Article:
You have a distinctive (and beautiful) voice. Is this natural or did you develop it?

My voice is also something I didn’t cultivate or expect, it’s just my natural voice and in fact I never call myself a singer; just someone who loves to sing her songs and go wild once in awhile.

What does music mean to you? And how would you describe it is generic terms?

Music can’t be described in generic terms. Can you describe Love, God, Sex, and Sensuality in generic terms? Music is humanity’s saviour, our social and emotional model; it unifies us and brings us to our knees.

Your music appears very personal and is of course written by you. Can you describe how you write and whether you use input from others. How hard or easy is it for you?

I don’t use input from other people when I write. I write and record completely alone with the exception of my kitty cats. When I’m done with a song and have recorded the first version, I ask people’s opinions. I get feedback from people who are not musicians in particular because ‘the guy on the street’ is the best critic.

Can you describe the ‘problems’ experienced when this album was first released. Can you describe how you felt about this album when completed?

This album was the most challenging because I didn’t have a producer to bounce ideas off, but for that reason I enjoyed it in a deeper way. This album also has real strings on it, which was the most exciting recording experience I’ve ever had; I worship strings. This album was also harder because the two people who supported me emotionally were not in the ‘industry’ and in fact every one in the ‘industry’ who used to be behind me pulled their support completely. But that only made me stronger and more committed.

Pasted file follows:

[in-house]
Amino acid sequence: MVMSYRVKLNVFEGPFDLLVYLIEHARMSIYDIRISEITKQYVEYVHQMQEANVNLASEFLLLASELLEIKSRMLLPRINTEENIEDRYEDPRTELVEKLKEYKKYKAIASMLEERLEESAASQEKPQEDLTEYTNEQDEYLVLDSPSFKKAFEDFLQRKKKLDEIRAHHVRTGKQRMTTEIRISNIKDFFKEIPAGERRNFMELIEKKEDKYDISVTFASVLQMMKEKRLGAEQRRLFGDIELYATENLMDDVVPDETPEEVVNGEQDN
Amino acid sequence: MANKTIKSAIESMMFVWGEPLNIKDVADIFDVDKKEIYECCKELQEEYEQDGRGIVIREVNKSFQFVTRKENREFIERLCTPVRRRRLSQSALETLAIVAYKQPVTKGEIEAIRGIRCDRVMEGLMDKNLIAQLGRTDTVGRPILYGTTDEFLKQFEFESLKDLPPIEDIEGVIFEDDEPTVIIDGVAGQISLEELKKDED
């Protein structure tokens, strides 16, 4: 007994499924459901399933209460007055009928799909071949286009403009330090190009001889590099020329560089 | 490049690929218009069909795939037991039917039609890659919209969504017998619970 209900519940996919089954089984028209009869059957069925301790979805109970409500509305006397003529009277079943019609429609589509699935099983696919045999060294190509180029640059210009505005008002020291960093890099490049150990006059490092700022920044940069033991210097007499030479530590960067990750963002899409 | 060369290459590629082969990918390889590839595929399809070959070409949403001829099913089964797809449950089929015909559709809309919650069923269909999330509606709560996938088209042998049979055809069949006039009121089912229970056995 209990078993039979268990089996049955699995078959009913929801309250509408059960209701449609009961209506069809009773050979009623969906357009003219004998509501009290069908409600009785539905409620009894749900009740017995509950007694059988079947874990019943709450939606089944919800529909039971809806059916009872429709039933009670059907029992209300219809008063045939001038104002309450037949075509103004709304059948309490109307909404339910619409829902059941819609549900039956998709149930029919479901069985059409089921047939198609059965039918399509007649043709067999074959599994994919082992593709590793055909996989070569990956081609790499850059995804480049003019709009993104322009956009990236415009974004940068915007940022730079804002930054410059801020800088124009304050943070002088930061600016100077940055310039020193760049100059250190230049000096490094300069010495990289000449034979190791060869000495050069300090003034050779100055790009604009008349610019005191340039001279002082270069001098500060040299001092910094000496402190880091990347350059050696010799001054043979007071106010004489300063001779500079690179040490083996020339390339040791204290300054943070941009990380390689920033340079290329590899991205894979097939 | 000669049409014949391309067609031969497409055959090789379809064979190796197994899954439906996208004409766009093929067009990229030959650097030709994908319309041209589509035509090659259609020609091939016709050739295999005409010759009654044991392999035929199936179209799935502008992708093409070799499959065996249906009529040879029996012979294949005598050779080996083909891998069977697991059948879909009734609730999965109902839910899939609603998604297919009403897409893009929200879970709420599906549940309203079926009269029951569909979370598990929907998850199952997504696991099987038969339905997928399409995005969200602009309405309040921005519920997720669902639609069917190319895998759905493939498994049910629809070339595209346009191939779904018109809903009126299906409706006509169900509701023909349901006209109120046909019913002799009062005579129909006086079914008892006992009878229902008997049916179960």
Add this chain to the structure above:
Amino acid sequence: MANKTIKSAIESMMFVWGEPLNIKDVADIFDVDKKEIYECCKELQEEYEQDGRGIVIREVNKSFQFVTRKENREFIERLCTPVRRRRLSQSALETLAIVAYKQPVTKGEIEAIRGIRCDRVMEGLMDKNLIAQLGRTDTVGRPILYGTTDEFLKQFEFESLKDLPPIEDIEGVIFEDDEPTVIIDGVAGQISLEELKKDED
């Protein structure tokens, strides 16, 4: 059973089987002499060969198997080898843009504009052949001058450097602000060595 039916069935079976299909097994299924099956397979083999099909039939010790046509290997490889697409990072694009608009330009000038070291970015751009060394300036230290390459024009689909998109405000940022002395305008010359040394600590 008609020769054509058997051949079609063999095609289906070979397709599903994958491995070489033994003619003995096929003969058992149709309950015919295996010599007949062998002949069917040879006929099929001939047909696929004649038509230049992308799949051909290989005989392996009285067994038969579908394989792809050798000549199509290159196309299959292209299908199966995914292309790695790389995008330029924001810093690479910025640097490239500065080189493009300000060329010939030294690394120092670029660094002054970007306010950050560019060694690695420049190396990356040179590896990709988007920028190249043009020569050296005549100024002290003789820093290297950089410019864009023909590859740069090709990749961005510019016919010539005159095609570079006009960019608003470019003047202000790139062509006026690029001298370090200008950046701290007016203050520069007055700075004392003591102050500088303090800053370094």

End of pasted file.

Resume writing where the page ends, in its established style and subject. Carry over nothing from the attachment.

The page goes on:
Production on TIMBRE is beautiful. I particularly like The Darkest Childe. Could you tell me about this song and how you managed to achieve this level of production excellence?

I’m happy you appreciate The Darkest Childe. The vocal/percussion loops were from my home demo. The lead and backgrounds, and keyboards were also my home demo. I overdubbed guitars, bass and strings and some more drums and that’s it – layered and fundamentally simple…

Track 5, Bare The Weight Of Me, is like a jazzy ballad and is essentially different in this context from the rest of the album (I think). Can you explain?

Bare The Weight Of Me is my favourite song on the record. Is it different from the rest? Hmmm. Again, it’s a home demo that I overdubbed guitar, bass and strings onto. I like writing in the ‘jazz standard’ mode and have many more of those although they are different from each other.

Could you name a current favourite song from another artist and explain why?

A current song from another artist? Let me name a not-so-current one which I just discovered. It’s called Mad About You by Hooverphonic. I wish I wrote it and could send it to someone I’m mad about…

This Ryko release has an extra CD. Could you explain and tell me a little about the songs on it?

There is an extra CD with home demos on it because we had to re-release this album, and we figured that for the fans who already bought the Sony version, this would be worth them buying it again. I liked putting new songs in home demo form, and also home videos out there because it just gives someone who’s interested a whole other perspective.

When can we expect to see you over in the UK?

I’m leaving for a tour of Germany tomorrow, and if it goes well in terms of ticket sales then I’ll most likely be able to get a promoter to book me in the UK. It’s all about affording the tour, the two other musicians, or even one other, by selling out the venue

Thanks Sophie, have a great tour and take care.